I’m a really big fan of closing loops. For that reason, I’m always thinking of how to most efficiently and frugally use all things, especially with food. I’ve always got my chickens to eat my scraps, the compost pile, or my pet red composting worms, but making more food/drink is always option one for me. In my cider pressing experiences I learned about a techniques used throughout all traditional apple/cider cultures called Ciderkin. It was a fermented preparation made by pouring water over the spent pomace from cider pressing (apple pulp that had its juiced pressed out) and left to ferment, the yeast eating up the remaining sugars. I was a big fan of this ciderkin after I made it—it’s light, bubbly, and a mild apple flavor. After making a batch of Autumnberry fruit leather, I had a whole pile of autumnberry pulp and seed and thought to myself, “Why don’t I make Autumberrykin?”. So I did.
It’s something you can ferment a lot or a little, and like ciderkin, extracts those last sugars left in the pulp, giving you a nice lightly autumnberry flavored sparkling drink.

Autumnberry Kin

What You Need:

A pile of Autumnberry pulp left over from your fruit leather making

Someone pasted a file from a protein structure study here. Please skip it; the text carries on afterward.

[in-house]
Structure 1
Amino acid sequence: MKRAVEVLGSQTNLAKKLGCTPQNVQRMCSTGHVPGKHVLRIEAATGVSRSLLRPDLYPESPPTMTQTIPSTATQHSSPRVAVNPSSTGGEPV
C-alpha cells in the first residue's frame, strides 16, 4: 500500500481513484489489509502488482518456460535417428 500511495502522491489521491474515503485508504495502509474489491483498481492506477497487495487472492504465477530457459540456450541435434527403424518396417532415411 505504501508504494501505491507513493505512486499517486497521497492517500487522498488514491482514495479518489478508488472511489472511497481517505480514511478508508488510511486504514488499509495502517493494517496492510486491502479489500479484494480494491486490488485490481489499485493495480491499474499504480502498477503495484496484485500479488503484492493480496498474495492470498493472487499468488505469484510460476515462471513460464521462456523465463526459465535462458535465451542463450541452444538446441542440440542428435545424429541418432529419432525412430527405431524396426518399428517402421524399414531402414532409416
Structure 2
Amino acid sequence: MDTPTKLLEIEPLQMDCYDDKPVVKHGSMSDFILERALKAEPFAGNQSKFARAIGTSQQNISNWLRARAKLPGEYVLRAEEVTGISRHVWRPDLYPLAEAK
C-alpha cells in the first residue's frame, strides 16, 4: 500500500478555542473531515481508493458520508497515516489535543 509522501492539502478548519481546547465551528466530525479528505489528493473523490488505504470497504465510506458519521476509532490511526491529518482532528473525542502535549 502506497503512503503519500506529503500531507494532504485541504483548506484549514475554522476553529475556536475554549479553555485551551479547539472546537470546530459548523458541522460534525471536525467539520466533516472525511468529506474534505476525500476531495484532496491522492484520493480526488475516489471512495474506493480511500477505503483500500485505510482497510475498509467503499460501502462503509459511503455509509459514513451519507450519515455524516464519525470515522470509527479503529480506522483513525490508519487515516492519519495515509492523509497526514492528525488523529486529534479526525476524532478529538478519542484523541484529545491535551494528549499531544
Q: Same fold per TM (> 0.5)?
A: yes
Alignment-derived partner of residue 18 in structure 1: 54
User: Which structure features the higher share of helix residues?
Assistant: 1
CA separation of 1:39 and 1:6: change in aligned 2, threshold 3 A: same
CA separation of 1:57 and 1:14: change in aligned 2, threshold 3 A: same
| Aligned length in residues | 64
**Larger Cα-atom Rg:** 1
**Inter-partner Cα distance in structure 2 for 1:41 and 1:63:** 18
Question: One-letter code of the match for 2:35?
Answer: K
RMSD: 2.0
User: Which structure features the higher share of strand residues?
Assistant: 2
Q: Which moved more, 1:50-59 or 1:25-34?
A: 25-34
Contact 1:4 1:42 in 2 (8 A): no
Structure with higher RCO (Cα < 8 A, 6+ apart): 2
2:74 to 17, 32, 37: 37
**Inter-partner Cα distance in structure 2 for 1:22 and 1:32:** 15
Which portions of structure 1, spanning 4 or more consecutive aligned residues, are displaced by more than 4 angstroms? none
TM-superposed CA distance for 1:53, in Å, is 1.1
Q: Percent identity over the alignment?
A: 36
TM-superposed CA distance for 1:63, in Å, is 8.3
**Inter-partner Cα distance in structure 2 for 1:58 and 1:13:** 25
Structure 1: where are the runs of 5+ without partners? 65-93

• In a large jar—one that is large enough to accomodate the volume of pulp you have plus some water—pack in your autumnberry pulp. (you can use a Ball jar. an old pickle jar, or a big jar with one of those flip-top jars with a rubber seal, which is what I used)
  • Cover the pulp with water until it is fully saturated.
  • Cover the jar tightly and set it in a warm place.
  • After a day or so, it will start to bubble as the wild yeast on the pulp start to increase their population. Release any pressure built up by the second day.
  • If you want a sweet Autumnberrykin, ferment it only one-two days. For a drier or more lactic drink let it go three-four days, making sure to release the built up pressure once a day.
  • After you’ve achieved your desired sweetness or dryness, strain out the pulp, and bottle it up into any airtight bottle you have. The best are flip-top bottles, but glass screw-top on bottles from sparkling water or even plastic 2 liters work great.
  • Let the bottle sit for a day or two to build up carbonation. Once they’re carbonated, chill them down and enjoy!

You will notice that the pulp fromt he autumnberries will come out of solution—simply shake the autumnberrykin before serving.


4 thoughts on “Autumnberrykin

    • Mark Angelini

      Hi Sande,
      Good on you. Next should be fun for you. This recipe is really great and thrifty. I learned that when bottle-conditioned for a few months it developed a lot of carbonation an a nice tart, kombiucha-like flavor.


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